GEOGRAPHY Cape '09 p2 u1#2


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GEOGRAPHY Cape '09 p2 u1#2

  1. 1. CAPE 2009 GEOGRAPHY P2-UNIT 1 #2 Monday, March 07, 2011a) i) Name the graph shown in Figure 1. [1 mark]The graph shown in Figure 1 is a Lorenz Curve. ii) Describe the distribution illustrated by the line labeled L. [3 marks] The line labeled L represents perfectly even distribution. This means at any point along thelime L would be equal to the percentage of area and percentage of population. Along this linepopulation density is the same throughout the land mass e.g. Barbados.b) Definei) Carrying capacity- [3 marks] The carrying capacity is the number of people that can live in any given environment. Itis the maximum number of people that can be supported by a given area. There are three types ofcarrying capacity, namely, constant carrying capacity, falling carrying capacity and risingcarrying capacity. The constant carrying capacity implies that there is an upper limit of resources and outputagainst which population presses. It is a Malthusian view. The falling carrying capacity implies that resource depletion and degradation will causethe population to decline. It illustrates gloomy predictions of the Club of Rome. The rising carrying capacity implies that technical innovation and the discovery of newresources will match population growth. It is essentially an optimistic view based on the ideas ofBoserup.ii) Population doubling time- [3 marks] Population doubling time is the likely number of years in which a country will take todouble its population.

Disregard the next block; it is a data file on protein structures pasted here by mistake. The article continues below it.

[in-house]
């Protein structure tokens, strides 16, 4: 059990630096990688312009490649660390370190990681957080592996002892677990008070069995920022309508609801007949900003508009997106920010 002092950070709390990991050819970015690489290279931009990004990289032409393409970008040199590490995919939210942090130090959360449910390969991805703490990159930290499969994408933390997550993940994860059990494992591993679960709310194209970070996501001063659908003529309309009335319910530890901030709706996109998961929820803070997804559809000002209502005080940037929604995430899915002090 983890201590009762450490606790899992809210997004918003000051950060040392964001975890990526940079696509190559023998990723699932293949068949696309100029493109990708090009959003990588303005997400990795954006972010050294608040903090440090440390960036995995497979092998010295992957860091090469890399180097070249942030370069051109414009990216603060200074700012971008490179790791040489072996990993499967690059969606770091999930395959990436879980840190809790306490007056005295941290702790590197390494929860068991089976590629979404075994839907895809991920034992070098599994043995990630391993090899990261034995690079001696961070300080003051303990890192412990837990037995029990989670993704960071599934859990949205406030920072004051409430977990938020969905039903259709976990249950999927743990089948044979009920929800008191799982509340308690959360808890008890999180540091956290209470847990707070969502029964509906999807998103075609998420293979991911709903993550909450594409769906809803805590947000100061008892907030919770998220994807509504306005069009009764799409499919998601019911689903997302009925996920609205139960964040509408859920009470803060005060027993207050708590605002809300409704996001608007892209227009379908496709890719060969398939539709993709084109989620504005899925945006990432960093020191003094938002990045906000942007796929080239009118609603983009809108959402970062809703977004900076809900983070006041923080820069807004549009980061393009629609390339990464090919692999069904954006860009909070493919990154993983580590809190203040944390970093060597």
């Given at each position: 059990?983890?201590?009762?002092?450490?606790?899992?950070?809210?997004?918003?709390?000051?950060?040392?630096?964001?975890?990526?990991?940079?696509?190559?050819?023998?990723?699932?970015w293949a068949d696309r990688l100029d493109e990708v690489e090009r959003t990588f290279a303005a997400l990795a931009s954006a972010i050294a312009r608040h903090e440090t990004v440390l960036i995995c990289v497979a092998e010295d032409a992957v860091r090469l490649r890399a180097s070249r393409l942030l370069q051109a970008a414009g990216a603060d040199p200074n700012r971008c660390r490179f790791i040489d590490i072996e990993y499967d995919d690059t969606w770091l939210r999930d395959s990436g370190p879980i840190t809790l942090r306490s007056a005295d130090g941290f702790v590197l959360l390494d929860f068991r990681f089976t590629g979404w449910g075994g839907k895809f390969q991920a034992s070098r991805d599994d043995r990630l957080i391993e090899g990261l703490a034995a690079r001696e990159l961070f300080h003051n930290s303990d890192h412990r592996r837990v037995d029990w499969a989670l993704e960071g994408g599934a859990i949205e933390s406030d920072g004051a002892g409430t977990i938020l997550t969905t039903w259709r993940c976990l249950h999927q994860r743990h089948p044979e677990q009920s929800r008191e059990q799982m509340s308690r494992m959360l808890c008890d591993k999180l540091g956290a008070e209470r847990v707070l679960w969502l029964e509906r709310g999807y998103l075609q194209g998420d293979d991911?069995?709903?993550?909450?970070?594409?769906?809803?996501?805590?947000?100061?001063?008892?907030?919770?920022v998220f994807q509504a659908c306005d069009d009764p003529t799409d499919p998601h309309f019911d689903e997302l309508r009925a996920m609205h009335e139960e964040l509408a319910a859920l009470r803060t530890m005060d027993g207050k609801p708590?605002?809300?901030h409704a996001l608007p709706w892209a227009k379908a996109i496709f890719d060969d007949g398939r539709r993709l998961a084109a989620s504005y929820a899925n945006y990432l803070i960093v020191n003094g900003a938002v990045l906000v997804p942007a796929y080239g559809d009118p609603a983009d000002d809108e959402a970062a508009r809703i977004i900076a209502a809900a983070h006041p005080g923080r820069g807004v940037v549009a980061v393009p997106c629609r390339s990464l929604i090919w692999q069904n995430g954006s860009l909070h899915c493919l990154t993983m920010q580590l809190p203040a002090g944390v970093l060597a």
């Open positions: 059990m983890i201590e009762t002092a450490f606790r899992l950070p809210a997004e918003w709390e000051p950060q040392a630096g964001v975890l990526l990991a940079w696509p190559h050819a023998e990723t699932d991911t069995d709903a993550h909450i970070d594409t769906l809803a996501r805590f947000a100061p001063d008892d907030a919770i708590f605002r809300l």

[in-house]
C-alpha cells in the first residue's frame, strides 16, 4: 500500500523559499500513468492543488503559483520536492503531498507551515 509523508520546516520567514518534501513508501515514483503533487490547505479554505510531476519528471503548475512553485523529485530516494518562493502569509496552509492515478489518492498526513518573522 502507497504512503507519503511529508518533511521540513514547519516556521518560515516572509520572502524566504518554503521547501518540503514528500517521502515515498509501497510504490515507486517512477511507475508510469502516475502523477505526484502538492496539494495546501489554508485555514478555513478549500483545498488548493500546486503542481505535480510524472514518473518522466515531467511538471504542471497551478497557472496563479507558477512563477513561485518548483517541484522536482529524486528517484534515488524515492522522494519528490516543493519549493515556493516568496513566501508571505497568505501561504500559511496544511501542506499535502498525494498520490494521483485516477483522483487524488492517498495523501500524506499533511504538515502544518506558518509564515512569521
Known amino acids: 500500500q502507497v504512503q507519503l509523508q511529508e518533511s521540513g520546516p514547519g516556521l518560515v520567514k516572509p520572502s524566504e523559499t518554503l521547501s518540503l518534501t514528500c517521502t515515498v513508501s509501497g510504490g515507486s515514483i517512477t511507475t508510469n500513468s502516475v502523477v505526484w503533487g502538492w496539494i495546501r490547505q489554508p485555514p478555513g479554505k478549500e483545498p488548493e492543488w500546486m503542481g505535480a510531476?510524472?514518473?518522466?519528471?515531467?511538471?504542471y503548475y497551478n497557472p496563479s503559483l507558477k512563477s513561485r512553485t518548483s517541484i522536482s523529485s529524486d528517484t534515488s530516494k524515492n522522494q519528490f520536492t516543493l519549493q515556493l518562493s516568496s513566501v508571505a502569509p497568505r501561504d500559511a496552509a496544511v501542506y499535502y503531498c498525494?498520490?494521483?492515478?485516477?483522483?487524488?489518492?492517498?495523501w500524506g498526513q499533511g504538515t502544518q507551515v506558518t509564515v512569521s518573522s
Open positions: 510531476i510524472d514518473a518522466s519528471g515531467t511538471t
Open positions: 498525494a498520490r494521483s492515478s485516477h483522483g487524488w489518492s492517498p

2. 2. CAPE 2009 GEOGRAPHY P2-UNIT 1 #2 Monday, March 07, 2011c) Write an essay comparing the views of Thomas Malthus and Esther Boserup on therelationship of population growth to food supplies. [20 marks] Views on population growth and food supplies can be divided into pessimistic andoptimistic. Pessimists believe that overpopulation will lead to catastrophe and famine. Theseviews were based on the ideas of Thomas Malthus. Optimists believe that population growth willstabilize and that technology will overcome problems of hunger. These views were expressedbyEsther Boserup. Thomas Malthus was a British demographer who believed that population increasesexponentially, at a geometric rate i.e. 1-2-4-8-16. At the same time, he believed that the limitedamount of land available means that food supply can only increase at an arithmetic rate i.e. 1-2-3-4-5. The outcome therefore will mean that population will overcome food supply. Malthussuggested once this is reached, further growth in population would be curbed by negative andpositive checks. Negative checks were methods of limiting population growth and includedabstinence or a postponement of marriage. Positive checks were ways in which the populationwould be reduced in size by events such as war, famine and disease which would increasemortality rate and reduce life expectancy. Famine, disease and civil war in sub-Sahara Africa aresaid to demonstrate evidence of Malthusian ‘checks’. In direct contrast, Esther Boserup stated that population pressure is a stimulus totechnological change in agriculture. Boserup was a Danish economist who put forward analternative theory to that of Malthus. Being an optimist, Boserup suggested that resources are notfixed in quantity as Malthus stated, however, it is discovered, invented and created by humaningenuity. She believed that people have the resources of knowledge and technology to increasefood production. Whereas Malthus thought that food supply limited population size, Boserupsuggested that in a pre-industrial society, an increase in population brought about a change inagricultural techniques so that more food can be produced. Boserup refuted the positive andnegative checks which Malthus stated and instead focused on the growth of population leading toagricultural development and growth of the food supply. She assumed that people knew of thetechniques required by more intensive systems and used them when population grew. Perhapsthe best evidence to support Boserup’s views is the Green Revolution in which High YieldingVarieties (HYVs) are produced in places where population growth is high e.g. India. In retrospect, the views put forward by the pessimistic Malthus and optimistic Boserupdiffer in their approach to population growth. Boserup supported the growth in population withincreased innovation in food production whereas Malthus simply held the view that furthergrowth in population above the ‘ceiling’ would be curbed by the Malthusian catastrophe.